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Constant Connectivity: For mission-critical communications
By Ulf Sandberg, Founder & Managing Director, Paradigm

 

Critical to the success of a mission is reliable and effective communication. The modern warzone demands live surveillance, high data transfer capability and detailed intelligence from reconnaissance missions. This will be achieved by deploying communication equipment which is mobile, reliable, rugged and easy to use.

The PIM® and PIM-enabled terminals from Paradigm provide this unfair advantage.


Paradigm’s MANTA showing the integrated PIM and remote.


The PIM, designed and developed by Paradigm, is an easy-to-use, environmentally rugged terminal controller which is integrated into all of Paradigm’s mobile terminals. This means that once users can operate the PIM, they can operate any PIM-enabled terminal. Additionally, the technical agility and versatility of the PIM allows it to be integrated with all types of satcom terminals and modem technologies; so other manufacturers can, and do, use it as the brain of their system. This further standardizes the process of satellite communication and the training required to use it.

Personnel with no previous SATCOM experience can be trained to deploy a PIM-enabled terminal in around 20 minutes. Actions such as pointing the terminal, getting it operational on a satellite and transmitting and receiving data, then takes less than a minute to perform, with the user guided by easy-to-follow, simple instructions delivered via the PIM’s basic onboard interface; no spectrum analyzers, laptops, PC’s or external equipment is necessary.

When personnel can focus more easily on the task in hand because they have setup and deployed their communication network in minutes, then satellite communication is a practical and viable option. When the network will automatically switch between cellular, Wi-Fi and satellite — depending on real time availability for instance — then it is also a hugely reliable option. When training costs are reduced because the satellite pointing process is the same regardless of which satcom terminal is being used, then it also becomes a cost efficient option.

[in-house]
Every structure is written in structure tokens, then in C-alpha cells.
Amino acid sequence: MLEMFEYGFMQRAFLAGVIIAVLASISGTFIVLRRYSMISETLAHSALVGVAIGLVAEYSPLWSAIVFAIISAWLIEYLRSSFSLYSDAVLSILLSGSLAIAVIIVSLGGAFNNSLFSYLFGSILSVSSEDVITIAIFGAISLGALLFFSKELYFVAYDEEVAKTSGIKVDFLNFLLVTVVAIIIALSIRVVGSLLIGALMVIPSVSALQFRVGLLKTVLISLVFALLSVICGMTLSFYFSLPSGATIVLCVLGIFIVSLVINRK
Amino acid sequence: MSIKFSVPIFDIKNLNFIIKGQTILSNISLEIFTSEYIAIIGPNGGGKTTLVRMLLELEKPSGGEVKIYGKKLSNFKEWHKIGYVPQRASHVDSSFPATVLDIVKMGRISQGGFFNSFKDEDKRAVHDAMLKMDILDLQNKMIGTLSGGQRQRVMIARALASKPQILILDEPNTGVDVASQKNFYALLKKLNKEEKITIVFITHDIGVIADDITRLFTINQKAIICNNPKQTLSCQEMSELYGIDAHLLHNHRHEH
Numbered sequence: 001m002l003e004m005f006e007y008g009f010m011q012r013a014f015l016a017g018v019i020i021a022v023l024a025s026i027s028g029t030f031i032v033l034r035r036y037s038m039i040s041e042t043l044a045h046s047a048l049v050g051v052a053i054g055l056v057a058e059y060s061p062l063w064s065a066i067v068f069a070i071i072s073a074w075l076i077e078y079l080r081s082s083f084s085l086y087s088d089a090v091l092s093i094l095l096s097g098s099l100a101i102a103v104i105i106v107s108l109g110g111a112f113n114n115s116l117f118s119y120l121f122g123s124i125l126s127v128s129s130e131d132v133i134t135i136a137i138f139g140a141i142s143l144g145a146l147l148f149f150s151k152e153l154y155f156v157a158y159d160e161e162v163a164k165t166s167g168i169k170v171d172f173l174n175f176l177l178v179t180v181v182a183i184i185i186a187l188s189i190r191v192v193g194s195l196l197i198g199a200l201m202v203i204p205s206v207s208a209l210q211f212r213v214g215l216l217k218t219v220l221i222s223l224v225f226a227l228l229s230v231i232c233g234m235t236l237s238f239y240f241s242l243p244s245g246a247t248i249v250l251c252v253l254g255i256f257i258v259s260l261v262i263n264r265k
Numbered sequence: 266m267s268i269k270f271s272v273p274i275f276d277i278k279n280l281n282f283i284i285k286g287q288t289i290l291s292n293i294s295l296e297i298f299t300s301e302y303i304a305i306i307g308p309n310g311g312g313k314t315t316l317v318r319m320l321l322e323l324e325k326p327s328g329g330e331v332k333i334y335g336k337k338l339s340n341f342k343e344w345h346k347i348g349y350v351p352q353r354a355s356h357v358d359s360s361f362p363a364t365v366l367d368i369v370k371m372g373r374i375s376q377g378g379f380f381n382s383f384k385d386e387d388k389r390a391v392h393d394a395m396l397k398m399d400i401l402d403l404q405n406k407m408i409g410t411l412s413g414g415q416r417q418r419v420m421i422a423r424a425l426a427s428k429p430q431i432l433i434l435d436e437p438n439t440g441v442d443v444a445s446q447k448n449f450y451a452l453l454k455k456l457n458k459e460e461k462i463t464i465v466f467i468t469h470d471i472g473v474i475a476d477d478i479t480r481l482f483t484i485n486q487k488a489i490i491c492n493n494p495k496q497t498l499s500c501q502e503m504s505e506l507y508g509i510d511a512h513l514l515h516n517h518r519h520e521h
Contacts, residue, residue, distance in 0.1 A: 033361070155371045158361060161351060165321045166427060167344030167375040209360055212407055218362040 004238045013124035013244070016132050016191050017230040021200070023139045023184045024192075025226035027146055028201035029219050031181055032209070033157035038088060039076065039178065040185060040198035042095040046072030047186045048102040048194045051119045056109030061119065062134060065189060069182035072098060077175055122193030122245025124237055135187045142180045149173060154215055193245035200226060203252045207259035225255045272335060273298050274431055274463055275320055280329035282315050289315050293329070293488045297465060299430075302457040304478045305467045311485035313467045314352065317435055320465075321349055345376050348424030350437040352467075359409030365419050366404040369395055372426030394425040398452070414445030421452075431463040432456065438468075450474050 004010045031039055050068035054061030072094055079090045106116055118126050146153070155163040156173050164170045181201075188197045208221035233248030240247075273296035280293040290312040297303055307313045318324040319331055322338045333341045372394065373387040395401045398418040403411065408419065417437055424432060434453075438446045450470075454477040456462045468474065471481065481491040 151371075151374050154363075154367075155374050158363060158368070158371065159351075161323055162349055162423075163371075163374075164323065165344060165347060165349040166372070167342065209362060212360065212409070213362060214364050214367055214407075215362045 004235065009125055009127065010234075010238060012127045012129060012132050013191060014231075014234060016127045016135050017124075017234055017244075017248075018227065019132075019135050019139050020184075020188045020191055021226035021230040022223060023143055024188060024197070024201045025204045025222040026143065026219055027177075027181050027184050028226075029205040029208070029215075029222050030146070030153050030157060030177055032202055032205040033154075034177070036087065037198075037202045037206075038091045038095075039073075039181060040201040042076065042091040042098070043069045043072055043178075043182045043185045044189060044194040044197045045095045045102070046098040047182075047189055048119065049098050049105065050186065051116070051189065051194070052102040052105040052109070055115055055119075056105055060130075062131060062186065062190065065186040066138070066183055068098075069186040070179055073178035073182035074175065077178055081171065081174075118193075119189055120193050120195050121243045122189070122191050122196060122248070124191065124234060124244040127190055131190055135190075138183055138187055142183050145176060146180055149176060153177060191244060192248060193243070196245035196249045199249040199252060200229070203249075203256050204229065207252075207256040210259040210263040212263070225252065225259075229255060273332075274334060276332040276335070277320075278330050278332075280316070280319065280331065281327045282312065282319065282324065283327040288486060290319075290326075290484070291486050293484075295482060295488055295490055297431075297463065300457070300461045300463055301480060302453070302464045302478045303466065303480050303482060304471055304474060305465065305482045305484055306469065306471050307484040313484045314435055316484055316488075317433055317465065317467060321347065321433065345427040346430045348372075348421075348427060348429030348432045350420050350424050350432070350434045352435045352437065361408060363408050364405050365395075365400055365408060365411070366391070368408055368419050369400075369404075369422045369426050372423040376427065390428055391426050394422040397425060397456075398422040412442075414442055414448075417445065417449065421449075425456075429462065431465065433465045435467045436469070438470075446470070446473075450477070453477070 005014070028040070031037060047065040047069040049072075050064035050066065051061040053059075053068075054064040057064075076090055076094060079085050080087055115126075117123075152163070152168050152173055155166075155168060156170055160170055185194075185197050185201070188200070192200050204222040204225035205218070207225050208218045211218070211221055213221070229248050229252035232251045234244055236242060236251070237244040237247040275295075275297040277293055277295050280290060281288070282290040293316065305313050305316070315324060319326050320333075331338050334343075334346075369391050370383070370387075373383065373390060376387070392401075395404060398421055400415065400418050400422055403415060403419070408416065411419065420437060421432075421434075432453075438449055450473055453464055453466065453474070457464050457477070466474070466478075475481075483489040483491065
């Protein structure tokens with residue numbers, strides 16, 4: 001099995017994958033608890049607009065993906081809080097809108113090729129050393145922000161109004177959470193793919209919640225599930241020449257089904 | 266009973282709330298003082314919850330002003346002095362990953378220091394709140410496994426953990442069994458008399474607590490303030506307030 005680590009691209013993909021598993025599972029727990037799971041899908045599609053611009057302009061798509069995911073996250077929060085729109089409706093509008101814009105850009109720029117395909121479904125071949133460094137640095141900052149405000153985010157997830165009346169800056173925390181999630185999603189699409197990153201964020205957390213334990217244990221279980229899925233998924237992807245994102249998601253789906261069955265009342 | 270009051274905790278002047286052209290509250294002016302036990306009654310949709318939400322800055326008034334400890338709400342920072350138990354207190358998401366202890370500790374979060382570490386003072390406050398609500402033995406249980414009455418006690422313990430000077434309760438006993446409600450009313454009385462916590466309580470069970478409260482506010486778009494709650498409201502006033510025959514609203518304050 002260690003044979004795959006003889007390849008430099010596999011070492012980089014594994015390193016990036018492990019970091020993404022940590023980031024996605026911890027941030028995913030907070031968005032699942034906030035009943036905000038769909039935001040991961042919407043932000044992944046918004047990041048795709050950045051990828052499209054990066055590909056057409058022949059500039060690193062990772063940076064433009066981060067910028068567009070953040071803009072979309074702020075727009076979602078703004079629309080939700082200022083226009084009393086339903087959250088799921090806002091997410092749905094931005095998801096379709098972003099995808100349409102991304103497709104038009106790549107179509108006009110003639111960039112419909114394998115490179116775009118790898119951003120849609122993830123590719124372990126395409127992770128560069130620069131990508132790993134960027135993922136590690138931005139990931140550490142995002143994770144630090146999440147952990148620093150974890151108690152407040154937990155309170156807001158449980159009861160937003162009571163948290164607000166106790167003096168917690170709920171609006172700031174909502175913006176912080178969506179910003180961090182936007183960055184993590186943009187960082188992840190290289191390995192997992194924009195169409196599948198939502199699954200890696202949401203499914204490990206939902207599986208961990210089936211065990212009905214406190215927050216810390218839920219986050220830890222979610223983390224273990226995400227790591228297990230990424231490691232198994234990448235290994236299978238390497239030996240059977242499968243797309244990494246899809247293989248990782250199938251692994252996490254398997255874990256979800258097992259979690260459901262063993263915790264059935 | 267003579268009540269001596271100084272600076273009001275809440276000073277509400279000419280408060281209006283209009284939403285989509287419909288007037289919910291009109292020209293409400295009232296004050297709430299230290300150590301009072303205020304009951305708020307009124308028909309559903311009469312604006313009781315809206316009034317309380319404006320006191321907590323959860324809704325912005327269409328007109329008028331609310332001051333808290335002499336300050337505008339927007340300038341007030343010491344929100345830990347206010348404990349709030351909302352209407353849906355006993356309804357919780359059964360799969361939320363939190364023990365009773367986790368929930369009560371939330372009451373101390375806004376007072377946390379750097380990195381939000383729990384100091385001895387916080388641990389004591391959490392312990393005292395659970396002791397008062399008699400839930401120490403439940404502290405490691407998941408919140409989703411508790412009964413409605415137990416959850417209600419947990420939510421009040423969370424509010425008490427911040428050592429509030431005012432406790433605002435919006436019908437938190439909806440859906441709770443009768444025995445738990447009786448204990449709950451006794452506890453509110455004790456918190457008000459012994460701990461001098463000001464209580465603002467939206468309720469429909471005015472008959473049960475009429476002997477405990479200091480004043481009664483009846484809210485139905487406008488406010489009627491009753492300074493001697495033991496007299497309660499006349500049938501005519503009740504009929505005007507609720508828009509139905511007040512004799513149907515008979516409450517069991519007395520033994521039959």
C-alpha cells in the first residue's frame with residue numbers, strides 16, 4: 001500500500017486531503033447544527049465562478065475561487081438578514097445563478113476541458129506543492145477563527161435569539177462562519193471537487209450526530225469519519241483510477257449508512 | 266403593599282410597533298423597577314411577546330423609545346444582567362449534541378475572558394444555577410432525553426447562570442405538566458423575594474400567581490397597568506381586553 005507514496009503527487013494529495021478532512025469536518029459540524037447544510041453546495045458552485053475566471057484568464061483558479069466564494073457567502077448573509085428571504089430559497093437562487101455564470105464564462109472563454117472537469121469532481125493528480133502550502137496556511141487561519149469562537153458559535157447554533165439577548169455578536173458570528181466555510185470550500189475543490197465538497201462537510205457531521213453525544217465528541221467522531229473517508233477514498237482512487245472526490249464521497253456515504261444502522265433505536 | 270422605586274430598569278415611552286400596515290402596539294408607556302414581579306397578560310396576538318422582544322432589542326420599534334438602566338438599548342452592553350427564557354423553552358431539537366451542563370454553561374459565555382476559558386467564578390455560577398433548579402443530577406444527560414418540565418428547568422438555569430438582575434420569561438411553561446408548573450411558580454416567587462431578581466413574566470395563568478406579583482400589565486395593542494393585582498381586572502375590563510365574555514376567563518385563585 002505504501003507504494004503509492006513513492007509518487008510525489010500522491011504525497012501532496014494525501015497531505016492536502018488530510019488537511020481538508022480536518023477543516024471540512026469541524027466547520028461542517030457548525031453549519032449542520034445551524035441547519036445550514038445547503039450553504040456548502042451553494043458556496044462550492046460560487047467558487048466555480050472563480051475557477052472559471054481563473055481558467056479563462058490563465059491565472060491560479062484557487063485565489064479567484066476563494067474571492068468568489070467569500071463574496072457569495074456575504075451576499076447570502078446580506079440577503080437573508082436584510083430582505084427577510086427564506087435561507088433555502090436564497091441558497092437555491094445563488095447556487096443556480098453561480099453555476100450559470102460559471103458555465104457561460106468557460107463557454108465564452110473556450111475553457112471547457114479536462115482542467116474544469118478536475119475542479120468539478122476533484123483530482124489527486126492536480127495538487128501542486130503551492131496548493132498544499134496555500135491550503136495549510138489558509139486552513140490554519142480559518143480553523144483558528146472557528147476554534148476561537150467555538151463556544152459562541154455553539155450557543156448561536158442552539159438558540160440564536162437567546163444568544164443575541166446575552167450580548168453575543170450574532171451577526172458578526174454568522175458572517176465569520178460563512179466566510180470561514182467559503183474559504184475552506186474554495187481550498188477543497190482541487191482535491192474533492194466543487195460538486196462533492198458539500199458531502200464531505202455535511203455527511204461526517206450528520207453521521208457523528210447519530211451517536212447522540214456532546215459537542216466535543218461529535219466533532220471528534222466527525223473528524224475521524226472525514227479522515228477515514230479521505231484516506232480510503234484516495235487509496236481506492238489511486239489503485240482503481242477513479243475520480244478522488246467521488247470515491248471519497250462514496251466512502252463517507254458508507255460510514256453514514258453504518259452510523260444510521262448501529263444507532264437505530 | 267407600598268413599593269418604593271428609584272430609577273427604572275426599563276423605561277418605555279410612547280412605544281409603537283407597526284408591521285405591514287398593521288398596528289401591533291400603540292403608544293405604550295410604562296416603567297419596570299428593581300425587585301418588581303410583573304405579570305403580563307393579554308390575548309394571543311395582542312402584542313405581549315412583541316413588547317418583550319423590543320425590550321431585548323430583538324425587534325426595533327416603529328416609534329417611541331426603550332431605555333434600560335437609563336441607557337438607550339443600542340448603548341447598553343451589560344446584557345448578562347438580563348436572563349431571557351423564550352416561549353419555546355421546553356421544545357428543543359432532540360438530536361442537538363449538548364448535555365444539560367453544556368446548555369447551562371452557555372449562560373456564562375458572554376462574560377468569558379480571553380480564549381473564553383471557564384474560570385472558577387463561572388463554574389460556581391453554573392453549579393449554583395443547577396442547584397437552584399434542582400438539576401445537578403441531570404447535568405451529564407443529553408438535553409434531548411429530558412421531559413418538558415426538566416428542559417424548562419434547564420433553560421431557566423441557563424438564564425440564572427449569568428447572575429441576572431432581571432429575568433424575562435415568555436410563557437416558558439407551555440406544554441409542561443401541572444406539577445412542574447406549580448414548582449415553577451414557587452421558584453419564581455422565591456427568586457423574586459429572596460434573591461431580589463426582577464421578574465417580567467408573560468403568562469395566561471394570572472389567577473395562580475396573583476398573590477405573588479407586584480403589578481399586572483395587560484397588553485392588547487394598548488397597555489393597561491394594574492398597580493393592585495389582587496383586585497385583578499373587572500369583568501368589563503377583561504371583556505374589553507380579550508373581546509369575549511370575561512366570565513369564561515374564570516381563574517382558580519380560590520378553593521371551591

Defence and government users are already operational with a number of different PIM-enabled mobile terminals from the backpackable SWARM to the tough, three-case CONNECT100T, designed for a longer term temporary installation. All terminals are field-proven and have been deployed in theatre.

Paradigm has successfully made satellite communications more accessible for the mobile soldier, not least by avoiding the requirement for trained satcom engineers to setup, point and operate satellite terminals. Less training is required than before to enable the setup of reliable communications in any location and to provide higher bandwidth than previously available from other comms equipment with comparable training requirements. Soldiers can then focus more easily and quickly on the task in hand, supported by equipment delivering high bandwidth for fixed, or on-the-move use.

Paradigm’s latest terminal to integrate the PIM is the MANTA, launched in conjunction with Kymeta. The MANTA is a single case, airline-checkable complete solution for mobile operation either in a tactical, static environment or attached to a vehicle’s roof bars for SATCOM-On-The-Move (SOTM).


Paradigm’s MANTA “ouf-of-the-case” operation.

It integrates a self-pointing antenna with the PIM, so it’s really easy to use for either scenario. In fact, it removes the need for satellite terminal pointing entirely, utilizing flat panel hardware and software-controlled beam forming technology. Users just need to add power to be connected to the network and they can then be making calls and transmitting video and hi-res images in minutes.

The discreet profile, flat panel design provides maximum efficiency and optimum radiation characteristics for improved data throughput and availability. The antenna’s software tracks the satellite and a remote — which can be either handheld or dashboard-mounted — provides live beam heading indication, satellite selection, transmit mute and system status information.